This story was updated at 6:04 p.m.
The accused mastermind of the largest fraud in Vermont history admitted Friday he committed crimes in carrying out a massive Northeast Kingdom development scheme that defrauded foreign investors out of $200 million.
Ariel Quiros, 64, a Miami businessman, was indicted last year on federal fraud charges tied to the failed development of a biomedical research facility in Newport known as AnC Bio Vermont.
Though Quiros and other developers raised more than $80 million from more than 160 investors through the federal EB-5 immigrant investor program, that project never got off the ground.
Quiros, the former owner of Jay Peak and Burke Mountain ski resorts, pleaded guilty Friday to three of the 12 charges brought by federal prosecutors in Vermont. The hearing was conducted by video.
Federal Chief Judge Geoffrey Crawford asked Quiros how he wanted to plead to each of the charges that were part of the plea agreement.
“Guilty,” Quiros replied to each of the three counts.
Quiros, wearing a black suit, white shirt and dark tie, entered those guilty pleas from an office in Florida as he stood next to his attorney, Neil Taylor.
Crawford presided from a federal courtroom in Burlington, wearing a black robe and a face mask as a Covid-19 precaution.
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Quiros admitted to federal counts of conspiracy to commit wire fraud, money laundering and concealing material information.
He will remain free on conditions until he is sentenced. A sentencing hearing hasn’t yet been scheduled.
‘It’s a step forward’
Under the plea deal, prosecutors can ask for a prison sentence of up to 97 months — just over eight years — for Quiros. His attorney can argue for a shorter prison term.
In total, the three charges Quiros admitted to on Friday carried a possible maximum penalty of 35 years in prison.
Crawford told Quiros a pre-sentence investigation report will outline where the crimes fit within federal sentencing guidelines. The judge can decide that the sentence should be shorter or longer than what the guidelines call for.
Gov. Phil Scott, speaking Friday at one of his twice-weekly press conferences, said it had taken a long time to get to the point of a plea in the case.
“In some respects, maybe we all knew that he was guilty, he finally admitted to that,” Scott said of Quiros. “From that standpoint, it’s a step forward.”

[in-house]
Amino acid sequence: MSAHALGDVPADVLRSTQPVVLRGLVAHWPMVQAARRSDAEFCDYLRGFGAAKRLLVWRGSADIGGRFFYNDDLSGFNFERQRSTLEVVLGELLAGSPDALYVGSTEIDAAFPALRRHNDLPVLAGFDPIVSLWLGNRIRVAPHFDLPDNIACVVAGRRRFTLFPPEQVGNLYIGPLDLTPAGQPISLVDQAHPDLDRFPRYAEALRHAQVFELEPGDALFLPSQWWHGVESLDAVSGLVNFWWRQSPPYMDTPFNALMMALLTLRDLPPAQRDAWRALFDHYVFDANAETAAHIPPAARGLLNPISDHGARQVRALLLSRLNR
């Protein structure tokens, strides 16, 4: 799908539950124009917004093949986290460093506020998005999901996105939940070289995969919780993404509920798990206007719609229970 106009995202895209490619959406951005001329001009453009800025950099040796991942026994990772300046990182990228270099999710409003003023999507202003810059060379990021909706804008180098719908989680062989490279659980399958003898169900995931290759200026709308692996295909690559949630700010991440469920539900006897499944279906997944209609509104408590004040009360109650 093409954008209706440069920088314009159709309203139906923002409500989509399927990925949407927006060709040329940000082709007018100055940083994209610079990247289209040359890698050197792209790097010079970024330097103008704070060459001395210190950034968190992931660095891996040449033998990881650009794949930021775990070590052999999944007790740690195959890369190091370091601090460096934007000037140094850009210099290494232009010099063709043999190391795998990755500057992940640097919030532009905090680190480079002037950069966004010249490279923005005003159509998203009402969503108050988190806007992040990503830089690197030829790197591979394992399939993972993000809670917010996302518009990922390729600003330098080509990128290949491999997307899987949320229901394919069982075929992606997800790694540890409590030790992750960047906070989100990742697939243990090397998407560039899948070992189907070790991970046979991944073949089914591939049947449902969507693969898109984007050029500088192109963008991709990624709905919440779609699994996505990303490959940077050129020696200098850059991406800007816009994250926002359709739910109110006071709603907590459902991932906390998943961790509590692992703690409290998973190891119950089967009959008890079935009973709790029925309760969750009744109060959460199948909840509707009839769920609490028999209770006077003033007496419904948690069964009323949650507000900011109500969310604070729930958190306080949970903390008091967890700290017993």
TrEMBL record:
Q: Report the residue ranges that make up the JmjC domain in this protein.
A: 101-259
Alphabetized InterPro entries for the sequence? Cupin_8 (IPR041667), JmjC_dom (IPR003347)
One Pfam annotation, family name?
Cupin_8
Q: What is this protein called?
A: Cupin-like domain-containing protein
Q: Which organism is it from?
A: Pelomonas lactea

Michael Pieciak, commissioner of the state’s Department of Financial Regulation, also speaking at the press conference, talked about how money diverted from EB-5 investors went to fund Quiros’ “lavish” lifestyle.
“His guilt was never beyond a doubt,” the commissioner said. “We were happy to see that Mr. Quiros has taken responsibility for his actions.”
Assistant U.S. Attorney Nicole Cate, a prosecutor in the case, told the judge during the court hearing Friday the federal government and Quiros had reached agreement on another matter.
“If we learn of another criminal investigation of Mr. Quiros regarding Jay Peak, we will use our best efforts to request that the other investigating prosecutor forgo pressing charges,” Cate said.
In addition to the criminal charges, Quiros settled more than two years ago a civil enforcement action brought against him in April 2016 by the U.S. Securities and Exchange Commission linked to EB-5 financed projects he led in Vermont.
In reaching that settlement, Quiros agreed to surrender to the federal government an estimated $81 million in assets, including his interests in both Jay Peak and Burke Mountain ski resorts.
Also, Quiros had reached a resolution to civil action filed by Vermont securities regulators two years ago, turning over another estimated $2 million in properties to the state.
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Quiros’ guilty plea Friday to criminal charges had been anticipated for several weeks. Taylor, the attorney for Quiros, announced during a hearing last month that his client intended to admit his guilt.
Quiros has also agreed to cooperate with prosecutors as they pursue criminal cases against his former business partners charged in the EB-5 investment scandal.
Those defendants include former Jay Peak president Bill Stenger, who worked with Quiros in a series of massive upgrades at the resort and other projects. The developments involved more than $400 million raised from over 800 EB-5 investors.
Stenger, who was well-connected to powerful state political figures, was the front man for the scheme, soliciting immigrants from all over the world to invest in Jay Peak Resort, Burke Mountain and AnC Bio Vermont.
The federal EB-5 initiative allows foreign investors to receive permanent U.S. residency in return for a $500,000 investment in qualified projects, provided those investments meet job creation requirements.
VTDigger broke an investigative series about the fraud in 2014, two years before the state and the SEC brought charges against the developers.
Former Gov. Peter Shumlin, Sen. Patrick Leahy and the commerce agency were deeply involved in promoting the projects to investors overseas. The head of the Vermont Agency of Commerce and Community Development castigated VTDigger and defended Stenger and Quiros in a commentary published in October 2014. The state did not pursue a probe of the misconduct until nine months after misconduct was made public.
The state has yet to release 3 million pages of records pertaining to the case. Officials claim they can withhold the documents because of a relevant litigation exemption in the public records act. Last year, VTDigger sued and discovered as part of a settlement that four months of records produced by a key state figure were missing.